The pretty rolling collar is inset with a row of insertion and edged with narrow lace.  The three-quarter-length sleeves are finished with a colonial cuff also inset with insertion and lace-trimmed to match the collar.
    The pattern, No. 3519, is cut in sizes from 32 to 44 inches bust measure.  To make the garment in the medium size will require 3 ¾ yards of 27-inch, 2 5/8 yards of 36-inch, and 2 1/8 yards of 44-inch material.  For trimming, 2 ¾ yards of insertion, 3 ¼ yards of edging and 1 yard of ribbon will be needed.  Price of pattern, 10 cents.

Ladies’ Sewing-Apron (no back view)
    The dainty apron, given in design No. 560, may be made with or without the bib.  This is a fancy sewing-apron novelty, made with a large pocket for holding scissors, thimble, etc.  If the design is to be used for a tea-apron, the pocket may be omitted, and the trimming put on in any preferred way.
    The pattern, No. 5670, is cut in one size.  To make the apron in lawn, cambric, or swiss will require 1 5/8 yards of 27-inch, or 1 yard of 36-inch material  four yards of beading, 6 of narrow ribbon, and 4 of edging will be needed, also 2 yards of ribbon for ties.  Price of pattern, 10 cents.

Girls’ Semiprincesse Dress
    For a best dress this semiprincesse model, illustration No. 4655, offers a good suggestion.  It is suitable for development in cashmere, challis, serge, or silk.
    The princesse panel extends from the shoulders to the hem in front.  The back has Gibson plaits running to the waistline.
    The bishop sleeves are finished with a band cuff, which is of contrasting material.
    The pattern, No. 4655. Is cut in sizes for from 6 to 12 years.  To make the dress in the medium size will require 2 7/8 yards of 36-inch material.  Price of pattern, 10 cents.

Shirtwaist Costume
    The shirtwaist costume presented in illustration No. 4071 and No. 4950, consists of a plain negligee shirtwaist and a plaited skirt.  For home or business, a garment of this class has a style of its own, and presents a chic, tasty appearance.
    The waist-pattern, No. 4071, is cut in sizes from 32 to 48 inches bust measure.  To make the waist in the medium size will require 3 yards of 27-inch, 2 ¼ yards of 36-inch, or 1 ¾ yards of 44-inch material.  Price of pattern, 10 cents.
    The skirt-pattern, No 4950. Is cut in sizes from 22 to 32 inches waist measure.  To make the skirt in the medium size will require 7 ¾ yards of 27-inch, 5 ¼ yards of 36-inch, or 4 yards of 44-inch goods.  Price of pattern, 10 cents.

Girls’ Sailor Dress
    The popular sailor dress continues a favorite for the little girl.  A pretty model for a garment of this style is offered in design No, 4605.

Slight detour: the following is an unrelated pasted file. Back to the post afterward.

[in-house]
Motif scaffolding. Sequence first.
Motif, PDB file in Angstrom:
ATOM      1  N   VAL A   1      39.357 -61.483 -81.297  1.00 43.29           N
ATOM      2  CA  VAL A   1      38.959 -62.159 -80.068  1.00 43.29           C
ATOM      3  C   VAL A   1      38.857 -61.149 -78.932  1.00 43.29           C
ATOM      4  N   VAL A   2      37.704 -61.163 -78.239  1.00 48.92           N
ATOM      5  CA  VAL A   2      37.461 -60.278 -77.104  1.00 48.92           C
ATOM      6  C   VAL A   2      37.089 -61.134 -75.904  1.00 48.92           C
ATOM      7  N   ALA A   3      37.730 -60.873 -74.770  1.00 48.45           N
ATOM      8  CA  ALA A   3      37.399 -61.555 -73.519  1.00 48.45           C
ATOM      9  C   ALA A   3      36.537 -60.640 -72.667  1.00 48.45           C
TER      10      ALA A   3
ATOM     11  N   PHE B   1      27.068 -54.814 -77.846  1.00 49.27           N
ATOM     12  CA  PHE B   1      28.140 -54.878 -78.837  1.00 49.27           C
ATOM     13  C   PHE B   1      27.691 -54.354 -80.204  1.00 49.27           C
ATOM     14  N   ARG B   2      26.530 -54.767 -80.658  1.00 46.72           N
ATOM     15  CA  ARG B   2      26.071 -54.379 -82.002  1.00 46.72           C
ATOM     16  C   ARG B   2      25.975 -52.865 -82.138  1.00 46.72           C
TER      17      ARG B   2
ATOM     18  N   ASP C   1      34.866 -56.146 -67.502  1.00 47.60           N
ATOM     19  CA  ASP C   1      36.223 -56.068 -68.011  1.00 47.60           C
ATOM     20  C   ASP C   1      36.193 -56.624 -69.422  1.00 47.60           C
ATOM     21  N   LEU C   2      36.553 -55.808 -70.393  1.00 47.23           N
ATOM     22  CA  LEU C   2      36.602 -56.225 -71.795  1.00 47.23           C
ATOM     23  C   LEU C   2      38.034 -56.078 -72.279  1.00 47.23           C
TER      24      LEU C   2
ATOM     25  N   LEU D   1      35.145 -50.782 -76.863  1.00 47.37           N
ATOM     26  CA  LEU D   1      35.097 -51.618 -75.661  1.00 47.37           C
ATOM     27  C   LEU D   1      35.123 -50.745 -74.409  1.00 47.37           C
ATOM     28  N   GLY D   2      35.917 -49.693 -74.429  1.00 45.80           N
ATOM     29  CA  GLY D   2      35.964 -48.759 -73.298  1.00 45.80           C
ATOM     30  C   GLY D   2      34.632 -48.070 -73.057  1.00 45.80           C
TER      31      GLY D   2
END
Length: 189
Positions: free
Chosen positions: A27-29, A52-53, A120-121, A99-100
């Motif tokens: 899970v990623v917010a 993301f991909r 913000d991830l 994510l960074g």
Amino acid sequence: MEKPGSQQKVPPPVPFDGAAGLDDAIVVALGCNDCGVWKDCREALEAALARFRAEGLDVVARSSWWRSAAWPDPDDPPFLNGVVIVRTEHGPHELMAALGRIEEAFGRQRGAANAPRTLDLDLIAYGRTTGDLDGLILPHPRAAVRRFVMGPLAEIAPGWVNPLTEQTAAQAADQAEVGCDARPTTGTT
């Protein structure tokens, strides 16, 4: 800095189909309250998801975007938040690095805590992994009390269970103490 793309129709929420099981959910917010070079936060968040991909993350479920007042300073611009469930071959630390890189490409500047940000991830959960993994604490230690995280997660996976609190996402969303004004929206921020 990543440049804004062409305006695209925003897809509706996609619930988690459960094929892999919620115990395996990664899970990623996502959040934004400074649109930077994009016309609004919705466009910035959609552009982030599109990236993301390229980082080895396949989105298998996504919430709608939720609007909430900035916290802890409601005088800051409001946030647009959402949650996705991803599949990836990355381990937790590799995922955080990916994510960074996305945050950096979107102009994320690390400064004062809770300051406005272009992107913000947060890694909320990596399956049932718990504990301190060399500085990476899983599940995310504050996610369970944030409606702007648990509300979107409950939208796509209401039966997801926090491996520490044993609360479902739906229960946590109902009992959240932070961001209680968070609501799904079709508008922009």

The regulation sailor blouse has yoke and collar trimmed with three rows of braid.  The cuffs which match yoke are similarly trimmed.
    Serge is a good suggestion for a sailor dress, but any of the numerous wash-materials may be employed.
    The pattern, No, 4605, is cut in sizes for girls of 6, 8, 10 and 12 years of age.  To make the garment in the medium size will require 6 yards of 24-inch, 4 yards of 36-inch, or 3 ¼ yards of 44 inch material.  Price of pattern, 10 cents.

Ladies’ Overblouse
    The uses and advantages of the overblouse are many and varied.  It provides a dressy addition to the otherwise plain toilettes, and, worn over an ordinary waist, it gives the effect of another costume.
    The model pictured, No. 5680, closes at the left side, and is trimmed on the left shoulder with three large buttons.  The blouse has a belt and the new peplum now so fashionable.
    The pattern, No. 5680, is cut in sizes from 32 to 42 inches bust measure.  To make the overblouse in the medium size will require 1 ½ yards of 24-, 1 ¼ yards of 36-, or 7/8  of a yard of 44-inch material.  Price of pattern, 10 cents.

Child’s One-Piece Apron
    To protect the child’s dress while playing or dining, an all-enveloping apron is necessary.  A nice design for a one-piece apron is shown in No. 4615.
    This little garment is so simply made that the most inexperienced needleworker can fashion it.  It covers the entire front of the dress, and is joined together at the back by a narrow strap fastened with a single button. The apron is trimmed around the yoke, armholes and bottom with a band of contrasting material.